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Kristof: Aiding women is a solution to world’s ills

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New York Times columnist Nicholas Kristof, left, chats with Tererai Trent, center, and Kimberlee Shauman during a panel discussion Monday at the Mondavi Center. Wayne Tilcock/Enterprise photo

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From page A1 | January 14, 2014 | Leave Comment

With images of starving girls in an Ethiopian feeding center projected behind him, New York Times columnist Nicholas Kristof argued Monday that ending the oppression faced by women and girls around the world stands as the central moral challenge of the 21st century.

“Often when there isn’t enough food to go around, food is directed to sons and not daughters,” Kristof told a Mondavi Center audience. “When a son is sick, he’s taken to the doctor. When a daughter is sick, you sort of feel her forehead and say, ‘Well, let’s see how you’re doing tomorrow.’ ”

In a decade’s time, more girls are “discriminated to death” than all the people killed in the all of the genocides of the 21st century, said Kristof, the co-author of this year’s UC Davis Campus Community Book Project selection, “Half the Sky: Turning Oppression Into Opportunity For Women Worldwide.” He penned the book with his wife, fellow Pulitzer Prize winner and former Times colleague, Sheryl WuDunn.

The flip side of the deprivation and oppression women face is the opportunity they represent, Kristof said. When it comes to fighting poverty or creating more secure societies, investing in the education and health of women pays huge dividends.

“Women and girls aren’t the problem,” he said, “but the solution.”

Kristof wrote the first of a series of stories and columns on sex trafficking in 1997. He found kidnapped girls, some as young as 7 or 8 years old, living in brothels — sometimes in cages — that auctioned off their virginity.

At one point, he bought the freedom of two girls for $350.

“What really shook me, when I bought these two girls, is that I got written receipts for buying them, like buying a cow,” he said.

Kristof credited the U.S. State Department, aid organizations and journalists with pressuring Cambodian authorities enough that local police demanded bigger bribes to look the other way, forcing many brothels out of business.

Americans need to urge police here to not treat as criminals girls and women forced into prostitution and kept there under threat of violence — many of whom are runaways fleeing broken homes in disadvantaged communities — but instead reduce demand by arresting customers, he said.

He also urged support for organizations like the Sacramento nonprofit Bridget’s Dream, which works to combat trafficking.

“We (in the United States) don’t have the moral authority to tell other countries to clean up their act unless we do more right here at home,” he said.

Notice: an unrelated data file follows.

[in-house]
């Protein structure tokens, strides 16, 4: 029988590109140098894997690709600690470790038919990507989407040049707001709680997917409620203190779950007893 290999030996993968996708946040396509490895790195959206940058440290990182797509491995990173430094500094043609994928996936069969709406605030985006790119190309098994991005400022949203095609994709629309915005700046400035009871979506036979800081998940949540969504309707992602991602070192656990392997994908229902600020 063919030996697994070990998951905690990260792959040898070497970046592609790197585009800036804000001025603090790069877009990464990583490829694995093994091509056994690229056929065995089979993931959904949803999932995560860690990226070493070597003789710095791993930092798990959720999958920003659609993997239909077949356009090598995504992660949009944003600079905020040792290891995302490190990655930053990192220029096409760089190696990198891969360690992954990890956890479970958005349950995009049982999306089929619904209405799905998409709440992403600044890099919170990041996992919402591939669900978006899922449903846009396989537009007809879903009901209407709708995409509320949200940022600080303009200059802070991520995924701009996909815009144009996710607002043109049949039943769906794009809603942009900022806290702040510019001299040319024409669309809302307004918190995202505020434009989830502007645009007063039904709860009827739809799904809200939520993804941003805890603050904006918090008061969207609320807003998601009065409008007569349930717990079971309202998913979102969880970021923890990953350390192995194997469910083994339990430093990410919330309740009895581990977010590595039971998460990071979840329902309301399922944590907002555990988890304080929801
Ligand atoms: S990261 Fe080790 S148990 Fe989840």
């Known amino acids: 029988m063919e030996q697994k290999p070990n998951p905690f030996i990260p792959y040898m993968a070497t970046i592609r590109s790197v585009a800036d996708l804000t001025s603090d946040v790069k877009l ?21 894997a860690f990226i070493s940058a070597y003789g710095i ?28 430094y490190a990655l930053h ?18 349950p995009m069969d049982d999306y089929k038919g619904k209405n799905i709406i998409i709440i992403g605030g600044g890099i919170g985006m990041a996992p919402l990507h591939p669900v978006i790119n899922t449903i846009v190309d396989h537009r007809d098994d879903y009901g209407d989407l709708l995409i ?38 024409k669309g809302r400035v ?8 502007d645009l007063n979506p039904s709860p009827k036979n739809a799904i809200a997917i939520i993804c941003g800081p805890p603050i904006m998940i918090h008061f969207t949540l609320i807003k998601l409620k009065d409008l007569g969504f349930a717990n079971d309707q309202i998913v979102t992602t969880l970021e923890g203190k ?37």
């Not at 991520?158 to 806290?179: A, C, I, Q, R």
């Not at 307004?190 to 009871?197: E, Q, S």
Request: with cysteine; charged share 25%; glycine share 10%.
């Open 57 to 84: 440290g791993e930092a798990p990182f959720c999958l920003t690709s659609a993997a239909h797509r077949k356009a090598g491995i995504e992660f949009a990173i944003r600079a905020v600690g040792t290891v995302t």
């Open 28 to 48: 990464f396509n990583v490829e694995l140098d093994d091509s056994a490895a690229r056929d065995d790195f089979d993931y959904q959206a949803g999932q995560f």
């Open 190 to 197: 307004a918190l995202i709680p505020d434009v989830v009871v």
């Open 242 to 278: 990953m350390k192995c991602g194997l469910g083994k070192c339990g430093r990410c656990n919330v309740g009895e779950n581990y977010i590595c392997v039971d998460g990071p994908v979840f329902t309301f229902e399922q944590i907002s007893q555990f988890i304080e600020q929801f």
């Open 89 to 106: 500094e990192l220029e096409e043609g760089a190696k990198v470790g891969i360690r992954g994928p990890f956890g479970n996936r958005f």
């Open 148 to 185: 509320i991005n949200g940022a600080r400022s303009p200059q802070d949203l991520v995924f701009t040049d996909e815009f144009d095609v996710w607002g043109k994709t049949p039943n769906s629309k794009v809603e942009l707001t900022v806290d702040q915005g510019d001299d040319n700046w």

Americans also must overcome their own “toxic” debate over reproductive rights and support family planning and maternal health efforts, Kristof said.

“In most of the world, just about the most dangerous thing a woman can do is get pregnant,” he said.

In Niger, for instance, one in seven women die during pregnancy or childbirth. For every woman who dies during childbirth worldwide, another 20 are injured, he said.

Kristof told the story of Mahabouba Mohammed, a 13-year-old Ethiopian girl who was raped, then gave birth alone. She suffered an obstetric fistula, which causes a woman to leak urine or feces through her vagina, and nerve damage in both legs.

Villagers left her in a doorless hut to be eaten by hyenas. She fought off the animals, then crawled 30 miles to find a missionary who, in turn, rushed her to an American surgeon who gave her the $450 surgery she needed. Mohammed is now a nurse at the same hospital.

Educating women increases their capacity to earn money and support their family while creating more stable and tolerant societies, Kristof said.

The subject of another of his columns, Beatrice Biira, collected firewood and water for her Ugandan family, which couldn’t afford to send her to school. The gift of a goat from a Connecticut church, through the charity Heifer International, enabled the family to earn the needed money by selling milk.

Biira excelled in school and became the first person from her village to study abroad, earning a degree at Connecticut College.

Kristof said that while there are reasons to be concerned about corruption and inefficiency in charitable organizations, there is equally real evidence of the positive effect they can have. Listening to the communities they are helping and evaluating the effectiveness of interventions has helped aid organizations do a better job, he said.

He urged students, in particular, to go abroad or work with the poor here at home, as a way to gain perspective and find fulfillment.

For information about other Campus Community Book Project events, see http://occr.ucdavis.edu/book-project.html.

Online: http://www.halftheskymovement.org

Cory Golden

Cory Golden

The Enterprise's higher-education and congressional reporter. http://about.me/cory_golden
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